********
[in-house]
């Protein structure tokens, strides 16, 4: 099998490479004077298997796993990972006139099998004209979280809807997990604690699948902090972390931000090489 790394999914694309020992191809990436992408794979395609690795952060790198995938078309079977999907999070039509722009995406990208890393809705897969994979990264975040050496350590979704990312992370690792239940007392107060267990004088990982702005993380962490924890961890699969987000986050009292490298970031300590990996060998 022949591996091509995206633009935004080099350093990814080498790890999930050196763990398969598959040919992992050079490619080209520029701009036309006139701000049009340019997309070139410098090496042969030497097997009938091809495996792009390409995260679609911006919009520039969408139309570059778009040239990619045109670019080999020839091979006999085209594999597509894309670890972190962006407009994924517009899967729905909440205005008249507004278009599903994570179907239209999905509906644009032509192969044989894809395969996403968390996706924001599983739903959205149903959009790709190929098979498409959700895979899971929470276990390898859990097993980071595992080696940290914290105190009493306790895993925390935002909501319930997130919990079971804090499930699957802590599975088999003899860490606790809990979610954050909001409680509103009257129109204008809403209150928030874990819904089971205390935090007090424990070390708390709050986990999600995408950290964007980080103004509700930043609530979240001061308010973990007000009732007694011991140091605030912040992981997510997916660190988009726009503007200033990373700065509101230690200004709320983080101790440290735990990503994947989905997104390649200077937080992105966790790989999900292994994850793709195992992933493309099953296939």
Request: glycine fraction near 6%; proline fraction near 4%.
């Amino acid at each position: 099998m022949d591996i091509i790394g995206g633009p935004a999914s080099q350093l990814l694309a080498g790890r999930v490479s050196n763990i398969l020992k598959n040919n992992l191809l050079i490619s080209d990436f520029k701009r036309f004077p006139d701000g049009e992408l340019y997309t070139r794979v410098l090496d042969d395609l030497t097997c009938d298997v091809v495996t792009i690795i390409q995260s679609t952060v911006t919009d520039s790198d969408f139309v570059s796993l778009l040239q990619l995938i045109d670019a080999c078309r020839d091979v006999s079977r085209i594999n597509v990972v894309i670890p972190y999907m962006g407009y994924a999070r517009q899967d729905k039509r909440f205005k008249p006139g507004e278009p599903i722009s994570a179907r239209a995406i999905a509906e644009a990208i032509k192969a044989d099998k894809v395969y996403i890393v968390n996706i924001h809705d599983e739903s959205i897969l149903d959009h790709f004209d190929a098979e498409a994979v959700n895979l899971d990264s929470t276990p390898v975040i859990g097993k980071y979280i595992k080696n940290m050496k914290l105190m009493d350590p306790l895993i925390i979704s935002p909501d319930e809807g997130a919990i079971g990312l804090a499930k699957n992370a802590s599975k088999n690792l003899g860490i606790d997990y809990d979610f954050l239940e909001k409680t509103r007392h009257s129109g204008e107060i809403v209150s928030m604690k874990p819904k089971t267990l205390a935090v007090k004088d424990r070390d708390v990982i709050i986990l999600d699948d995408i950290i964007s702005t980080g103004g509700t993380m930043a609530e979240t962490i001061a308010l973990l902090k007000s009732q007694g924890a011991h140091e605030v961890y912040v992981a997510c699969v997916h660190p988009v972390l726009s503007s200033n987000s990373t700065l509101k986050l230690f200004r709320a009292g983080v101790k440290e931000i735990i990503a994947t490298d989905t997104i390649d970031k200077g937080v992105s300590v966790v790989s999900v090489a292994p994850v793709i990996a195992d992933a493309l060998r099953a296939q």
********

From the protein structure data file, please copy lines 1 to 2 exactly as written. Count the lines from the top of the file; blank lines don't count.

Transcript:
[in-house]
């Protein structure tokens, strides 16, 4: 099998490479004077298997796993990972006139099998004209979280809807997990604690699948902090972390931000090489 790394999914694309020992191809990436992408794979395609690795952060790198995938078309079977999907999070039509722009995406990208890393809705897969994979990264975040050496350590979704990312992370690792239940007392107060267990004088990982702005993380962490924890961890699969987000986050009292490298970031300590990996060998 022949591996091509995206633009935004080099350093990814080498790890999930050196763990398969598959040919992992050079490619080209520029701009036309006139701000049009340019997309070139410098090496042969030497097997009938091809495996792009390409995260679609911006919009520039969408139309570059778009040239990619045109670019080999020839091979006999085209594999597509894309670890972190962006407009994924517009899967729905909440205005008249507004278009599903994570179907239209999905509906644009032509192969044989894809395969996403968390996706924001599983739903959205149903959009790709190929098979498409959700895979899971929470276990390898859990097993980071595992080696940290914290105190009493306790895993925390935002909501319930997130919990079971804090499930699957802590599975088999003899860490606790809990979610954050909001409680509103009257129109204008809403209150928030874990819904089971205390935090007090424990070390708390709050986990999600995408950290964007980080103004509700930043609530979240001061308010973990007000009732007694011991140091605030912040992981997510997916660190988009726009503007200033990373700065509101230690200004709320983080101790440290735990990503994947989905997104390649200077937080992105966790790989999900292994994850793709195992992933493309099953296939």